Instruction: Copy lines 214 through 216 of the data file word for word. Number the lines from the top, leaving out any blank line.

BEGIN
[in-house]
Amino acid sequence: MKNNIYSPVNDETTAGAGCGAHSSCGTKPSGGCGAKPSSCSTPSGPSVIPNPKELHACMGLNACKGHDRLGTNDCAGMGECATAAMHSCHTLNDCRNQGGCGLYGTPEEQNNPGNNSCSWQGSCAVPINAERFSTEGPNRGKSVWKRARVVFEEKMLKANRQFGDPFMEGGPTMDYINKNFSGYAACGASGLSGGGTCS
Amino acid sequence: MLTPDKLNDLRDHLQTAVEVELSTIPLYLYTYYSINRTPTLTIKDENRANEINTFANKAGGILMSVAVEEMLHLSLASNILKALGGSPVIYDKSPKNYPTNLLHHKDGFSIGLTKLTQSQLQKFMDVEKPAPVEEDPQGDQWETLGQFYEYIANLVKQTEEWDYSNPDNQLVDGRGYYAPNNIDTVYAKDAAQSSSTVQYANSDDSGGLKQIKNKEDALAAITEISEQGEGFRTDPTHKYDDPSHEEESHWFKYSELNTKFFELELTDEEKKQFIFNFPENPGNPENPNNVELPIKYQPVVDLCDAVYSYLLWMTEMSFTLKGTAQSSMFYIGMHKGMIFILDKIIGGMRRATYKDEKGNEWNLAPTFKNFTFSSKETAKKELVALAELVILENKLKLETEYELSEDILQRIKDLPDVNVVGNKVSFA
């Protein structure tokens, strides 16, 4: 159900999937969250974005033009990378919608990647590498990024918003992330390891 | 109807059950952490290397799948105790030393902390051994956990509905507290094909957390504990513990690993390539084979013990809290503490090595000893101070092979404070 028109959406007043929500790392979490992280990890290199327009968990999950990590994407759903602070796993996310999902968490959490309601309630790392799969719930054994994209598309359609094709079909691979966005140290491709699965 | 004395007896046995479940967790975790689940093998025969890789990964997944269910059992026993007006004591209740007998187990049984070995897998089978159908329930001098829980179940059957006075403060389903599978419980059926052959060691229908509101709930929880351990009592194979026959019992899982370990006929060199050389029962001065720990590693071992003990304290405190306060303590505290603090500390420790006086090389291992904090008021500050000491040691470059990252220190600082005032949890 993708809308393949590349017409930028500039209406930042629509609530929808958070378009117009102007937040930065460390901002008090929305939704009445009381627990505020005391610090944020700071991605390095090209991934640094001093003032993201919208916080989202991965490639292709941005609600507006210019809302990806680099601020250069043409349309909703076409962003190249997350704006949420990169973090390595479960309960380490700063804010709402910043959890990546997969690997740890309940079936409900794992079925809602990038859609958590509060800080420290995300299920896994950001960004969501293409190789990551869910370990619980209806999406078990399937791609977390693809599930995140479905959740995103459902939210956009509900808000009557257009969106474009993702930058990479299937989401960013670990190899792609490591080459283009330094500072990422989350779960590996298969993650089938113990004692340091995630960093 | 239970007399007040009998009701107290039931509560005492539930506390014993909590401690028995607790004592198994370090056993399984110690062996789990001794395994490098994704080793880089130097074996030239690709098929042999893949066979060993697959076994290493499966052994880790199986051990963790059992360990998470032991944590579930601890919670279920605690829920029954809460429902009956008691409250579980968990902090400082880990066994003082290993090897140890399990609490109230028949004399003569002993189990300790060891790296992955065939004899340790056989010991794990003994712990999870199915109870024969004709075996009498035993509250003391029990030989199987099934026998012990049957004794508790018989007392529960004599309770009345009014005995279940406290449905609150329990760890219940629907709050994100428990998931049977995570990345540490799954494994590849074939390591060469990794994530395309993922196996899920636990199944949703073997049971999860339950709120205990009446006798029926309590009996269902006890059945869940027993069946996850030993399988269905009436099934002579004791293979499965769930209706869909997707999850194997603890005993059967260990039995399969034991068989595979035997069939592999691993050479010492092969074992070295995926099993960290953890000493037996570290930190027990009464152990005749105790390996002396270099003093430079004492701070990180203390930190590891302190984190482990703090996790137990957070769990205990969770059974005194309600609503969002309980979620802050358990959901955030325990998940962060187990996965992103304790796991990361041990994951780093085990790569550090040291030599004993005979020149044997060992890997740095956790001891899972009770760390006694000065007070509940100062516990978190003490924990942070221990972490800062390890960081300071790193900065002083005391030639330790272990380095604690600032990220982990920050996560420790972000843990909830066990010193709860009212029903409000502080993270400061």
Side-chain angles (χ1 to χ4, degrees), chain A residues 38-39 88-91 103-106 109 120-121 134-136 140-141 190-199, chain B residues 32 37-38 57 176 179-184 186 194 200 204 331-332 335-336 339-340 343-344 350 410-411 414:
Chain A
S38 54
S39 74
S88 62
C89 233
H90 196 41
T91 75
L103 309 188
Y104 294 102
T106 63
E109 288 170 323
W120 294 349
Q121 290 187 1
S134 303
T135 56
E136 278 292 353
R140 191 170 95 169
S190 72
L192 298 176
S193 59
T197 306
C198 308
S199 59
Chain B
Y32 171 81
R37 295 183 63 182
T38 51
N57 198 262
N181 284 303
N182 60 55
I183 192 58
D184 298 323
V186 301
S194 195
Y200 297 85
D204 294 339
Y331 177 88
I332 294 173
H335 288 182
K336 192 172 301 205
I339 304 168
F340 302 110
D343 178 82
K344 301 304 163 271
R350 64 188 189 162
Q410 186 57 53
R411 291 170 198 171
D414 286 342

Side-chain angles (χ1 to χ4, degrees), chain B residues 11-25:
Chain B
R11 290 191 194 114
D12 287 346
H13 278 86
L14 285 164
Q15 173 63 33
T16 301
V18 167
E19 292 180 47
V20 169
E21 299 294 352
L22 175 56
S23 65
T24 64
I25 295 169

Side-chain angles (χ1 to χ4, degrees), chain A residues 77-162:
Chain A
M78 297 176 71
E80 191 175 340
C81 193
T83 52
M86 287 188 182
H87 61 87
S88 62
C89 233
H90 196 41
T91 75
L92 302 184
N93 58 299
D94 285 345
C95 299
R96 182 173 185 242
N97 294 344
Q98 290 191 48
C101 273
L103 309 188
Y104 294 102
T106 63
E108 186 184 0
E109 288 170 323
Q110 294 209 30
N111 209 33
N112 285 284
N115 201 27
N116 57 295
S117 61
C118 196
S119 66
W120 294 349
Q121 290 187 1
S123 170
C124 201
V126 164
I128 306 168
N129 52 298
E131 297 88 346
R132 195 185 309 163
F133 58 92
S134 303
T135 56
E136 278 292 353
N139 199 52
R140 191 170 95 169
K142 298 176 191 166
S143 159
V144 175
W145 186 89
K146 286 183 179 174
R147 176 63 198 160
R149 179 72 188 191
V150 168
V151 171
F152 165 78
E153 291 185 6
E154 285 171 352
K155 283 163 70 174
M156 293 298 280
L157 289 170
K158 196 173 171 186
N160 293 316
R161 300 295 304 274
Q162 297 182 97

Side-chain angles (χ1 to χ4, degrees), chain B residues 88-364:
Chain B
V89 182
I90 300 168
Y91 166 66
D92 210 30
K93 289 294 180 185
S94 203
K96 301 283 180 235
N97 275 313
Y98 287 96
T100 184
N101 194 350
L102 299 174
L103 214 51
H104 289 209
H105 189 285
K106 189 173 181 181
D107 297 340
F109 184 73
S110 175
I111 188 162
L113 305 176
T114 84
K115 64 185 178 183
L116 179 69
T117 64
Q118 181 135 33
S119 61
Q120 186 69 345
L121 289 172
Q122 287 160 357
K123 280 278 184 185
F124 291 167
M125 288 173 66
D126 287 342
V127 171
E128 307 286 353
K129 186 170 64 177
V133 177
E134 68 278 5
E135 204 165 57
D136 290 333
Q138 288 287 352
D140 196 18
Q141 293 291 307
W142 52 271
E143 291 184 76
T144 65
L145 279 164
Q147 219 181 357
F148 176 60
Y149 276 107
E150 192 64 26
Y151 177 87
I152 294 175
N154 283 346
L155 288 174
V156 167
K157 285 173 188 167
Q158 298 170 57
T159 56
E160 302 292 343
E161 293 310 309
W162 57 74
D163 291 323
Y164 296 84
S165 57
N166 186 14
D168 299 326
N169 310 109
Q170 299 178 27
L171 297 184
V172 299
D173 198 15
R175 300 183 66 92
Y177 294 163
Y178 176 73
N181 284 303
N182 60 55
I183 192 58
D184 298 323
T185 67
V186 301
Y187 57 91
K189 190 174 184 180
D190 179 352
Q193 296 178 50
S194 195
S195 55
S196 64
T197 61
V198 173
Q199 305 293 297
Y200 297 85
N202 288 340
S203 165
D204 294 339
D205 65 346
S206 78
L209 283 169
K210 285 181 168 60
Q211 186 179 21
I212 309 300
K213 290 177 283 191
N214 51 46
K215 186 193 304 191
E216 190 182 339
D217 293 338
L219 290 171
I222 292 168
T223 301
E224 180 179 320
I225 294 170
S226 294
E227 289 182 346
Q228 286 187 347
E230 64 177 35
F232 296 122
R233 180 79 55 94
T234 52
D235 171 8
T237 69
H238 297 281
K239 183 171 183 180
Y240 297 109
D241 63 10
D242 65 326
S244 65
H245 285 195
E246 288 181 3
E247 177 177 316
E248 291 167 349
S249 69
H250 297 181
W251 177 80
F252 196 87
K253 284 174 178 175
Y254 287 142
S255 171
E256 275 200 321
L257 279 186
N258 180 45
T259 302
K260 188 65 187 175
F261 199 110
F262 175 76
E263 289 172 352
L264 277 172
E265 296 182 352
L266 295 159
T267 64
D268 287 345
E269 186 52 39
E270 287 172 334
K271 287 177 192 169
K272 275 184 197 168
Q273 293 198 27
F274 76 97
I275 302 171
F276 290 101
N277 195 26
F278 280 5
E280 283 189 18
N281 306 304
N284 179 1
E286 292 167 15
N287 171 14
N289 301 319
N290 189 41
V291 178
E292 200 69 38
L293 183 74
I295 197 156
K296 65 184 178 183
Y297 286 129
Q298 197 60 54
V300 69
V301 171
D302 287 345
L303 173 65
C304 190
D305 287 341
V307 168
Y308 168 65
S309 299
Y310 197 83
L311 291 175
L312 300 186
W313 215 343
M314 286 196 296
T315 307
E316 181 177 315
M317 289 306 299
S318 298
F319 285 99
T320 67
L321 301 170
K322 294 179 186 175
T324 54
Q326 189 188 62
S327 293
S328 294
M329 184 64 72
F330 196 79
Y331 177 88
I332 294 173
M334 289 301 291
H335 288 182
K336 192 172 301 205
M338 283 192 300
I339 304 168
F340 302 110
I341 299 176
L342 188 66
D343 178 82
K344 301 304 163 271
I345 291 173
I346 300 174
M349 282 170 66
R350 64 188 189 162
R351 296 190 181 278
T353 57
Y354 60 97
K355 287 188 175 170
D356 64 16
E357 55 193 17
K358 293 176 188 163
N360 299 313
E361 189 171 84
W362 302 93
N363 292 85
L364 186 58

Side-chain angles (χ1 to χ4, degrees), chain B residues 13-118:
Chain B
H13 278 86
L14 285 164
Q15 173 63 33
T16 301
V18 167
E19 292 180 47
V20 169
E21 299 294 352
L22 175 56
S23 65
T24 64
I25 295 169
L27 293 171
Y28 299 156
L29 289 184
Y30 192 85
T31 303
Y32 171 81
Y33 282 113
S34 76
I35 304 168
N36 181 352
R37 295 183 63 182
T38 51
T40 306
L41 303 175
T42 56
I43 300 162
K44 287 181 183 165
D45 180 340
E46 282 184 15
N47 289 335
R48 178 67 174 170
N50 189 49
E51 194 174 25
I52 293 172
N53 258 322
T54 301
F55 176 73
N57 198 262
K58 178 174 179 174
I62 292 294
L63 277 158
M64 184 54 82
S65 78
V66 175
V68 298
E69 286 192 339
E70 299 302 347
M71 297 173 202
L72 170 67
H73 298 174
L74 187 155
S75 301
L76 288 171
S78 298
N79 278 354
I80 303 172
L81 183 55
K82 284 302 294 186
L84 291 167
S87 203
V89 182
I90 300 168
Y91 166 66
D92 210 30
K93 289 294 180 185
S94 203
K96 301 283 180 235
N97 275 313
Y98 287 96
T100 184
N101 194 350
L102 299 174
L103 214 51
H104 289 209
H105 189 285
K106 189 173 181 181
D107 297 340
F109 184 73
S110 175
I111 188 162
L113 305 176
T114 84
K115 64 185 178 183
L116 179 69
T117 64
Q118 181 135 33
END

Y178 176 73
N181 284 303
N182 60 55